Towards an image-guided navigation system for rectal cancer
Roeland Eppenga is a PhD student in the department Nanobiophysics. (Co)Supervisors are prof.dr. T.J.M. Ruers from the faculty of Science and Technology, dr. J.A. Nijkamp from the Aarhus University and dr. K.F. D. Kuhlmann from NKI/Antoni van Leeuwenhoek hospital.
The standard treatment for rectal cancer is the surgical resection of the entire rectum with its surrounding fat. Despite this radical procedure, local recurrence may still occur in up to 10% of patients and is often due to incomplete resection of the tumor area. To better assess tumor borders, image-guided navigation (IGN) can be used.
A common form of IGN is where the surgeon uses tracked surgical tools that are visualized on a navigation screen in real-time, relative to a 3D anatomical model created from preoperative imaging. Within the abdominal space, the non-rigid rectum can easily move and deform which can strongly affect the navigation accuracy when the 3D model is not updated accordingly. Because high navigation accuracy is especially important around the tumor area, it was investigated if real-time tumor tracking, using electromagnetic (EM) trackers placed close or inside the tumor, can facilitate accurate real-time updates of the tumor position and orientation within the 3D model.
Using an IGN system with wired EM tumor tracking, surgeons assessed proximal rectal tumor borders with a low median error of 3mm. The tracker placement and linking the tracking to the 3D model, however, took 30 minutes of intraoperative time. When using wireless trackers, that can be implanted before surgery, these steps can be done preoperatively after which the IGN system is ready for plug-and-play use in the operating room. Currently there is one commercially available wireless EM tracking system (WL-EMTS) used for tumor tracking but is designed for radiotherapy applications. It was investigated if this WL-EMTS can be used for IGN surgery as well. An IGN system was developed using the WL-EMTS for tumor tracking and an optical tracking system for tool tracking. With this IGN system it was possible to reduce the rate of incomplete resections of non-palpable breast phantom tumors by a factor of 3, compared to a clinically used wireless localization technique. Because the optical tracking system required line-of-sight between its camera and the surgical tools, the IGN system was upgraded to where the WL-EMTS tracked tumor ánd tools. Using this upgraded wireless IGN system, accurate navigated resections were possible on virtual lesions in ex vivo liver specimens, where surgeons cut with 0.1±2.3mm accuracy along a planned resection margin.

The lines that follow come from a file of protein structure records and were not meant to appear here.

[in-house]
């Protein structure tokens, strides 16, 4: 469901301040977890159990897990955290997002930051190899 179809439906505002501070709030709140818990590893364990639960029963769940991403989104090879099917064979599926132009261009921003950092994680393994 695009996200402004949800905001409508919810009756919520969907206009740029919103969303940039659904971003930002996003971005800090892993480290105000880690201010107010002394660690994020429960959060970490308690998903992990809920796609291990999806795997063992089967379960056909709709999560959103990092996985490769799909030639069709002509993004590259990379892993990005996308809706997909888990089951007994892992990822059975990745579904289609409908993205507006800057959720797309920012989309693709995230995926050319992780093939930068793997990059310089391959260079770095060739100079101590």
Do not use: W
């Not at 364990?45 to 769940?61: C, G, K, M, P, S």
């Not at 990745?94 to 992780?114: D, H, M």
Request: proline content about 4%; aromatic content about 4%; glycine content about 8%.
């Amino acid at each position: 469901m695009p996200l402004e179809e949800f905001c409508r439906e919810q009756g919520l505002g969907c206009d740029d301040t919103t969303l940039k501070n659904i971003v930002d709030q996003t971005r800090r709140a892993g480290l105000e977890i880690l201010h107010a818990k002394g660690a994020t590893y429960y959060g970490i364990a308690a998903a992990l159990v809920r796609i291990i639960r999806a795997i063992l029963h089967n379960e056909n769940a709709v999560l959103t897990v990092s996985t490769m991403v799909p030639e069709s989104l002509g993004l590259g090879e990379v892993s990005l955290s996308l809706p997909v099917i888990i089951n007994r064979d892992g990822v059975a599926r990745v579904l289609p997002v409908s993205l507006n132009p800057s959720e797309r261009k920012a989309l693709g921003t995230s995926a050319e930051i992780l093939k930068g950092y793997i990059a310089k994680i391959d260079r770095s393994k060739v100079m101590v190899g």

Ideally, the 3D model is projected onto the actual anatomy, such that the navigation screen can be omitted, improving usability. For laparoscopic surgeries this requires laparoscope camera calibration. In rectal surgery oblique-viewing laparoscopes are often used that allow for shifting the field of view by rotating their telescope without moving the laparoscope itself, which is especially useful in narrow operating areas. This telescope rotation, however, also changes camera parameters and would require recalibration of the laparoscope. To avoid recalibration upon telescope rotation, a camera model was developed modeling these parameter changes. The model was tested on two oblique-viewing laparoscope types and the results showed accurate reprojections of about 4 pixels (0.4mm) accuracy, independent on telescope rotation.